Even ChatGPT Gets It!

The advancement of artificial intelligence could help broadband providers predict and anticipate their customers’ needs.

At the end of last year, the artificial intelligence venture OpenAI launched a free, open-source prototype of its AI chatbot, ChatGPT. The company, which is governed by a nonprofit organization and has a unique capped-market model, had been working on perfecting the chatbot for the past several years and felt it was time to begin capturing widespread usage. ChatGPT uses machine learning and reinforcement learning from human feedback to create a “language” with the users.

You’ve probably heard about people writing love letters or poems with great artistry using ChatGPT. It’s even better than a Hallmark card. College students are already having success using the chatbot to write term papers that are very well constructed with tremendous detail.

ChatGPT grew from 1 million users in December to more than 100 million the next month. This is a faster adoption than Facebook or TikTok. Heck, I may even have ChatGPT write my next column!

Like other investment firms, Microsoft is investing a lot of money – $10 billion – in OpenAI, as it moves toward a for-profit status.

Applying AI

Artificial intelligence is in its infancy. But many successful companies are considering its current and potential impact and applications. Consider Zoom Technologies, the video conference-call company that took off during the pandemic. It plans to integrate AI into its corporate products by making it a training module. Zoom believes that AI can track body language during a client’s video presentation to a customer and recommend ways to improve a company’s pitch. This opens all kinds of possibilities for Zoom.

AI is soon to become a part of the broadband industry too. It is already happening in ways that are not so visible. Today, independent ISPs monitor bandwidth utilization by setting up specific rules for alarm bells to ring when usage thresholds are met, which then may trigger a need to expand the capacity of a particular community. But that’s no longer the best approach.

AI can help anticipate the needs of broadband users by tracking who they are and what they do. AI can evaluate properties with similar patterns and proactively identify how to meet users’ demands.

AI can also help ISPs monitor network usage and improve their performance. In fact, during the pandemic, when home network use skyrocketed overnight, many ISPs leveraged AI to help improve capacity during peak hours, which may vary by location. The broadband industry must be prepared for gamers, streamers and researchers operating at different times of day and on a variety of devices. AI can help the industry know users better than they know themselves. The goal is to prepare in advance so users never experience an issue.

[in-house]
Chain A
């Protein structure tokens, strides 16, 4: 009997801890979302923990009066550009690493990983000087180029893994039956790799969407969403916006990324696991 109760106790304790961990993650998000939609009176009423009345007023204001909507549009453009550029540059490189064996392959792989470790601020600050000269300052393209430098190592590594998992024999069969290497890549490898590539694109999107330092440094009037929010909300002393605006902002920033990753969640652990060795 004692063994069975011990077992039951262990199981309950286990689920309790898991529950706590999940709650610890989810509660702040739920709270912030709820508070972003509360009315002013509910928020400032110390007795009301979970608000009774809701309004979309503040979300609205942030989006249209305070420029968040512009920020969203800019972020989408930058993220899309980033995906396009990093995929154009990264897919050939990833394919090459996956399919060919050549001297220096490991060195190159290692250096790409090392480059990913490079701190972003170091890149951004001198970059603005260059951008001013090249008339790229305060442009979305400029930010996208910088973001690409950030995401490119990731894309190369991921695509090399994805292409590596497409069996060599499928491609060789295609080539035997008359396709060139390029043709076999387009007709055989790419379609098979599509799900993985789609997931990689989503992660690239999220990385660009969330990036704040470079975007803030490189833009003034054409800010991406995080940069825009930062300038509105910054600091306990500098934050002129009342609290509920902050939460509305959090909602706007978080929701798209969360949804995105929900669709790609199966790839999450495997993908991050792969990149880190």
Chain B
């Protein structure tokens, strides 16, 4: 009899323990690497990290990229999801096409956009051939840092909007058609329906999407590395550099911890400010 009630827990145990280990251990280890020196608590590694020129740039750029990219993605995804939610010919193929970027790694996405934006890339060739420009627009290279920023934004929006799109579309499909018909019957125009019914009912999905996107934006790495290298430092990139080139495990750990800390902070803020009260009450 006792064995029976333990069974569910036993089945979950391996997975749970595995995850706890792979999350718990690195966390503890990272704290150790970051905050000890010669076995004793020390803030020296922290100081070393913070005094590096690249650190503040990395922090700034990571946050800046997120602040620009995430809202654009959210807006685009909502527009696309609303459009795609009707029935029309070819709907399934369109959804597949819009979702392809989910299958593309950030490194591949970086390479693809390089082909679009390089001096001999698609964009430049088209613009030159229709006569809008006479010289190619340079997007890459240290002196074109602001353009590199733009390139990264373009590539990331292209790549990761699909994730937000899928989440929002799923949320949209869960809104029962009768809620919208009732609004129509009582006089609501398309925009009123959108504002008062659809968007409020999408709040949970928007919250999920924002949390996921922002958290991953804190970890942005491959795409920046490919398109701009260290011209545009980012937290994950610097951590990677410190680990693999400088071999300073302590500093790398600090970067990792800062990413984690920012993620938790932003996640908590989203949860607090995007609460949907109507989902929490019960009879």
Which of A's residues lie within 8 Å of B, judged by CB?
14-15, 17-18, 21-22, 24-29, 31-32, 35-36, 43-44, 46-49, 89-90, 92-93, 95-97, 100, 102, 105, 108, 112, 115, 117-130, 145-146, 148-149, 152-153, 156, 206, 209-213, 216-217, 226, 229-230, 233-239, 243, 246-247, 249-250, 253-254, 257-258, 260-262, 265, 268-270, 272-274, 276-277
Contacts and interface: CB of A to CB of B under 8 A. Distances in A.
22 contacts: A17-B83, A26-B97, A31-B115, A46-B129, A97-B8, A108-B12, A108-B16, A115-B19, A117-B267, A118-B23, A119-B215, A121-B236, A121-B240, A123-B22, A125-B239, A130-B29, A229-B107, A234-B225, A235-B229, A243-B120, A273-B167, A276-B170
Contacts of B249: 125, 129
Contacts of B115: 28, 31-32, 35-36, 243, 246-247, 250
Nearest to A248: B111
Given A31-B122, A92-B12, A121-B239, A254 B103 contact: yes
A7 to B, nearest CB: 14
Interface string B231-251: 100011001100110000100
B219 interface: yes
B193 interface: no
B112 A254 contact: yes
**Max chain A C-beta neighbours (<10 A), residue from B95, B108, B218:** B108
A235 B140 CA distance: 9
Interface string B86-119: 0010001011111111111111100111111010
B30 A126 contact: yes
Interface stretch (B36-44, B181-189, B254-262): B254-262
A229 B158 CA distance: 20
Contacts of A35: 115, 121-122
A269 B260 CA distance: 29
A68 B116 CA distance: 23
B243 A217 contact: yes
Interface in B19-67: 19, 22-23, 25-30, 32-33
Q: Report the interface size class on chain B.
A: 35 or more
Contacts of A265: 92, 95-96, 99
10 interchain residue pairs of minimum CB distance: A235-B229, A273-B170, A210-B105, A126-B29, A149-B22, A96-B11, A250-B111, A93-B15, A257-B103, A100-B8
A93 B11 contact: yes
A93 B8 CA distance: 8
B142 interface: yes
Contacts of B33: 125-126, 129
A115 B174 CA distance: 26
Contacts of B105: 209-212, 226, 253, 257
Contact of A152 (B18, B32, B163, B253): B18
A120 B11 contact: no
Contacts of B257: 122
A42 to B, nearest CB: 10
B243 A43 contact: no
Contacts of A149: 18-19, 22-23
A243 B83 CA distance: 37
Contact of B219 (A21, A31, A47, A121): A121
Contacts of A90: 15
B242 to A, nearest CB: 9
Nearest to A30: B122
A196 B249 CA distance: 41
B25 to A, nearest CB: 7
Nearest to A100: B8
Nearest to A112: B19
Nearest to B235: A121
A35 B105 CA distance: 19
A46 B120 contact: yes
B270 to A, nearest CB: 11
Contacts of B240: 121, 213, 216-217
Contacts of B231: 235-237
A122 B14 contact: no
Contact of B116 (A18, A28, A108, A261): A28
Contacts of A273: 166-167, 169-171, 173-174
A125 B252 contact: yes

Easy Customer Resolution

I decided to test ChatGPT and see how smart it was. After all, it is learning all the time. I thought about writing a poem to my wife, but she would know it was a machine doing the work. Instead, I asked it a few questions about the broadband business.

I started by asking for the keys to success in the multifamily technology space for broadband providers. The chatbot gave some obvious answers, including high-quality service, reliability and fast speeds.

But upon further inquiry, it went into more detail: “Make it easy for consumers to resolve issues, contact you and offer prompt responses.”

“Wow, that’s good advice. What else, ChatGPT?”

“Develop a strong brand strategy, maintain an innovative product set, and invest in network infrastructure,” said ChatGPT.

Great answers. I could do this all night. It continued: “Strong partnerships. Build strong relationships with property managers and owners to promote the broadband service and expand your customer base.”

ChatGPT, you’ve only been around for a few months, but I think you nailed it. Strong partnerships with our clients – both at the owner and on-site levels – are keys to success. You are speaking my language, even if you are only a chatbot.

“Please continue,” I typed. “This is excellent advice.”

“Customization can also be an essential factor for success. Providers should tailor their services to the specific preferences of individual properties, which can help customer satisfaction and retention.”

I decided to end the conversation right there, as I knew this could continue until the wee hours of the morning.

The goal of AI is to build ways for companies to predict better and anticipate their customers’ needs. This might involve network performance, usage patterns for residents and undoubtedly seasonal impacts on properties. It should also help the broadband industry better serve property managers and owners. AI captures data from everywhere and makes decisions that benefit service providers.

At Pavlov, we see AI as an important way to distinguish our service delivery in the future. I’m sure you do too. I know ChatGPT sees it this way. Or, at least, I believe this chatbot does. Let me ask… 


Bryan J. Rader

Bryan Rader is the president of MDU for Pavlov Media. His monthly column won an American Society of Business Press Editors (ASBPE) Central Regional Azbee Award.


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